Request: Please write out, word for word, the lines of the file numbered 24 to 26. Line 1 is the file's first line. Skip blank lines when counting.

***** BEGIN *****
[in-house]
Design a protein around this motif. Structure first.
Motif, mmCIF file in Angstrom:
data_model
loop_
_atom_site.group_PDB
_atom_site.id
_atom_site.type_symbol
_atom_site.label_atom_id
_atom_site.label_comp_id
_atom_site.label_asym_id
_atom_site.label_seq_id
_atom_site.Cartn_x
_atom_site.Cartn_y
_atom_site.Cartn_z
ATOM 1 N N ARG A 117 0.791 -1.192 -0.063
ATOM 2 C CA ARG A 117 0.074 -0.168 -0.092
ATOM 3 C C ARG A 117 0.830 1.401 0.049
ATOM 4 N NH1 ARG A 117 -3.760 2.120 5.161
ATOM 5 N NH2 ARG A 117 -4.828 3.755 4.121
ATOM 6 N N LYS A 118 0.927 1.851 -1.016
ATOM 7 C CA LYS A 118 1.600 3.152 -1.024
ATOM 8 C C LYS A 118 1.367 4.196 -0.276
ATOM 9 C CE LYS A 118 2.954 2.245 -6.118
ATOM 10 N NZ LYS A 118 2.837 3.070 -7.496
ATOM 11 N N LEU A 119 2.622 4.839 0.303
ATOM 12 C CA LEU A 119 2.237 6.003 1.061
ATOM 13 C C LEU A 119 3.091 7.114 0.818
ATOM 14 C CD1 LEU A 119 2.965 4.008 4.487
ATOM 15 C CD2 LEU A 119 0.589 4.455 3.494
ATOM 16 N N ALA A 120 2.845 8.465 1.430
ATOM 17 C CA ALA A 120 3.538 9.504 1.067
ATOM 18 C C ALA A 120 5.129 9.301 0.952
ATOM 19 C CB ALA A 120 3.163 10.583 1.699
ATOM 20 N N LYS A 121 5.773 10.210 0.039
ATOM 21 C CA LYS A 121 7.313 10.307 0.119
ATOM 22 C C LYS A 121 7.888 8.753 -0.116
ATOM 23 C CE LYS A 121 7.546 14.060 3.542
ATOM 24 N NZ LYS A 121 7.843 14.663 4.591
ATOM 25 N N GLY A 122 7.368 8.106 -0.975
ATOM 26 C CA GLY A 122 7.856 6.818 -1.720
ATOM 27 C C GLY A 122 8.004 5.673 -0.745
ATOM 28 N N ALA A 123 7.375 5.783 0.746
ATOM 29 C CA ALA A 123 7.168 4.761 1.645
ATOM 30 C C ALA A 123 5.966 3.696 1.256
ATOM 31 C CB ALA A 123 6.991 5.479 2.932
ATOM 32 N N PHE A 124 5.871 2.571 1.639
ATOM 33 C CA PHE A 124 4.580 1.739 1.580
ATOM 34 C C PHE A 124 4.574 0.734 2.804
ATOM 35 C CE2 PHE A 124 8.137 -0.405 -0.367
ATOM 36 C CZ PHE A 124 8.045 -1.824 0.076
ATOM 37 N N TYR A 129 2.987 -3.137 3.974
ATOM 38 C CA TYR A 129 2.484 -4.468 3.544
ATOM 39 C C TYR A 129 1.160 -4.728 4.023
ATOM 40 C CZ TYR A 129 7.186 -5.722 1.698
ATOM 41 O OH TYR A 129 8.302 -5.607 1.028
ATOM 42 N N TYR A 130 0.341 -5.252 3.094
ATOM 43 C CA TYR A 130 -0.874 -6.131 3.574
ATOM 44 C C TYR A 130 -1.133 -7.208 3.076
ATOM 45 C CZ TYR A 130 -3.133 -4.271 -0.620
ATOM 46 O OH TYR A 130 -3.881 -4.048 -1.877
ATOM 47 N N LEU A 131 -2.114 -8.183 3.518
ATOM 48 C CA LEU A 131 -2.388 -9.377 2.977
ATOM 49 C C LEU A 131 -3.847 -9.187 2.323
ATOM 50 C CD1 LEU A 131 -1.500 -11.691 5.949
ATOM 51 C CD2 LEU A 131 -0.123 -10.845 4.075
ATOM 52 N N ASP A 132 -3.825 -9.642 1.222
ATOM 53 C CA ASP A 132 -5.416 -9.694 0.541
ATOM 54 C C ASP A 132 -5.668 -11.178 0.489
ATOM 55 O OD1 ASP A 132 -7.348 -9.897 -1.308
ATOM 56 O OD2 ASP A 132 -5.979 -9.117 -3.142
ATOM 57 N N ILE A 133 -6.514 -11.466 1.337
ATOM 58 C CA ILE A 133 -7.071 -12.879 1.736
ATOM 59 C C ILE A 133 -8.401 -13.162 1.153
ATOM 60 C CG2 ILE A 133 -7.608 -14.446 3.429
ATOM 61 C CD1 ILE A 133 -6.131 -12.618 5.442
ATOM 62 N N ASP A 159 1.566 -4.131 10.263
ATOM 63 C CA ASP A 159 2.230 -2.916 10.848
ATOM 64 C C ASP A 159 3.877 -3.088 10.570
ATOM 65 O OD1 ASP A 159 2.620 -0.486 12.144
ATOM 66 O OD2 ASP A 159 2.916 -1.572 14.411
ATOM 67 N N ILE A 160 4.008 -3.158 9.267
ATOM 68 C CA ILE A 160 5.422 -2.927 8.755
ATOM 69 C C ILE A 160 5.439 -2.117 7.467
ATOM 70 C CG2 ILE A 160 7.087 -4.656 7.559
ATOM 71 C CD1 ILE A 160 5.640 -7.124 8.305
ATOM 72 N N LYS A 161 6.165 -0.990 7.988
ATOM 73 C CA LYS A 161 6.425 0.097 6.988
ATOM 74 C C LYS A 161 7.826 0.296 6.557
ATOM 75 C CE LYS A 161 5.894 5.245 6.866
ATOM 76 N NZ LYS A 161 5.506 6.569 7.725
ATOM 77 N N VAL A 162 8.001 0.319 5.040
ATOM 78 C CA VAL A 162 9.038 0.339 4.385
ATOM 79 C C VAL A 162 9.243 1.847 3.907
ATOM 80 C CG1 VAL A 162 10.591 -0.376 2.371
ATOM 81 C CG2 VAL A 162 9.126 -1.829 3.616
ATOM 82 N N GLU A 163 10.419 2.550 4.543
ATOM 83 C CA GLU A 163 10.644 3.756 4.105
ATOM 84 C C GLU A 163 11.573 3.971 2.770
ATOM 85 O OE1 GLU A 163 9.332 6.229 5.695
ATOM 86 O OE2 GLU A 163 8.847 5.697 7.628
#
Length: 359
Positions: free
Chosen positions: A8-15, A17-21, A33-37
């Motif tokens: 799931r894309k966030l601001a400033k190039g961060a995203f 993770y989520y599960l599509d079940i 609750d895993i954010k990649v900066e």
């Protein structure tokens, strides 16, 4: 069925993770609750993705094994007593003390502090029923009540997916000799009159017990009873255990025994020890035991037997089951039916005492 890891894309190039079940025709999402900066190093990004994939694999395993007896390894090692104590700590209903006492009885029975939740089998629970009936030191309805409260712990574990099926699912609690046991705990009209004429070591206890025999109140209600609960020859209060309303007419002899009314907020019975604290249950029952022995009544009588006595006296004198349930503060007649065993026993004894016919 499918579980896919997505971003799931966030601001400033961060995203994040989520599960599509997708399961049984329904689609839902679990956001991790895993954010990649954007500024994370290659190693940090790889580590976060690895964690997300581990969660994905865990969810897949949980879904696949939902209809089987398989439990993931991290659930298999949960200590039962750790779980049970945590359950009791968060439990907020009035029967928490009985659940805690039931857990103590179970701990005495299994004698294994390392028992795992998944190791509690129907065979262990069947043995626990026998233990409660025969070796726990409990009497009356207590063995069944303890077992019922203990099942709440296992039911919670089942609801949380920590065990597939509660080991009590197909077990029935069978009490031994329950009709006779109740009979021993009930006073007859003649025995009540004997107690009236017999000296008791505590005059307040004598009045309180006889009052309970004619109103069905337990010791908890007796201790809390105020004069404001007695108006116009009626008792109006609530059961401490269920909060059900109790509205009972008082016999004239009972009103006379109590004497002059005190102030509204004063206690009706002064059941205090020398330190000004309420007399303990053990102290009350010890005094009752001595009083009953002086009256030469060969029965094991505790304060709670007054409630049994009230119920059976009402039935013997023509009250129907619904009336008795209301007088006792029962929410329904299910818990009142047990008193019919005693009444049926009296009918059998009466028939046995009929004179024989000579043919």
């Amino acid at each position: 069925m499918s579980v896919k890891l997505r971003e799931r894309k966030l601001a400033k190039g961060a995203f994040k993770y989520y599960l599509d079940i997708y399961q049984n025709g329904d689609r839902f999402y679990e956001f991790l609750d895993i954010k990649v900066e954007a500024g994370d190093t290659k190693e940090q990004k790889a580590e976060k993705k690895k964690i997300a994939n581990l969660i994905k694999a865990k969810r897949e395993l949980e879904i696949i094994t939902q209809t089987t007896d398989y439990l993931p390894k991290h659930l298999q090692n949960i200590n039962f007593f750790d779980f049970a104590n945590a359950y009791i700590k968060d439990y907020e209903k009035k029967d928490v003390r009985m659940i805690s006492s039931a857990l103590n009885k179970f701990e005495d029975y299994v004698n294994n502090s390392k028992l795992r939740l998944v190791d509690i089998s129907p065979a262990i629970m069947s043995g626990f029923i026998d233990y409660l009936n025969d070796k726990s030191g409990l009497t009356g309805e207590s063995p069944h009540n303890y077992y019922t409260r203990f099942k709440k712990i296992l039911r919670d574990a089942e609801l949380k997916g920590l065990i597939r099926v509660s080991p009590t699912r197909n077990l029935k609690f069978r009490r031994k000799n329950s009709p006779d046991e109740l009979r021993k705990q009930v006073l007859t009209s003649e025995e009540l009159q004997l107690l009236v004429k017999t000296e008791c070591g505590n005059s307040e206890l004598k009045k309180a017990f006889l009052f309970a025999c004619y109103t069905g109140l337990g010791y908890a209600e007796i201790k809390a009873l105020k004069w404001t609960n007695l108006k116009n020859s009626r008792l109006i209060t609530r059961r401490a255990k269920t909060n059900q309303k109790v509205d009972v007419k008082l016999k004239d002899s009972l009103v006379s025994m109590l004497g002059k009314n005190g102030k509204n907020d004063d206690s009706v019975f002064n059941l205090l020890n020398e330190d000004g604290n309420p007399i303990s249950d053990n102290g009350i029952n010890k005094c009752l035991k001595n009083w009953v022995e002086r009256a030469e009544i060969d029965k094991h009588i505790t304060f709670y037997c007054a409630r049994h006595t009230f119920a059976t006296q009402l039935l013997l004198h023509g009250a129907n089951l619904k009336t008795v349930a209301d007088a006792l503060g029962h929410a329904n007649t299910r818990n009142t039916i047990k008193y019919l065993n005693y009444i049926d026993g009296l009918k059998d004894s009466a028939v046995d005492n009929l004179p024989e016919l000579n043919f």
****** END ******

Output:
ATOM 9 C CE LYS A 118 2.954 2.245 -6.118
ATOM 10 N NZ LYS A 118 2.837 3.070 -7.496
ATOM 11 N N LEU A 119 2.622 4.839 0.303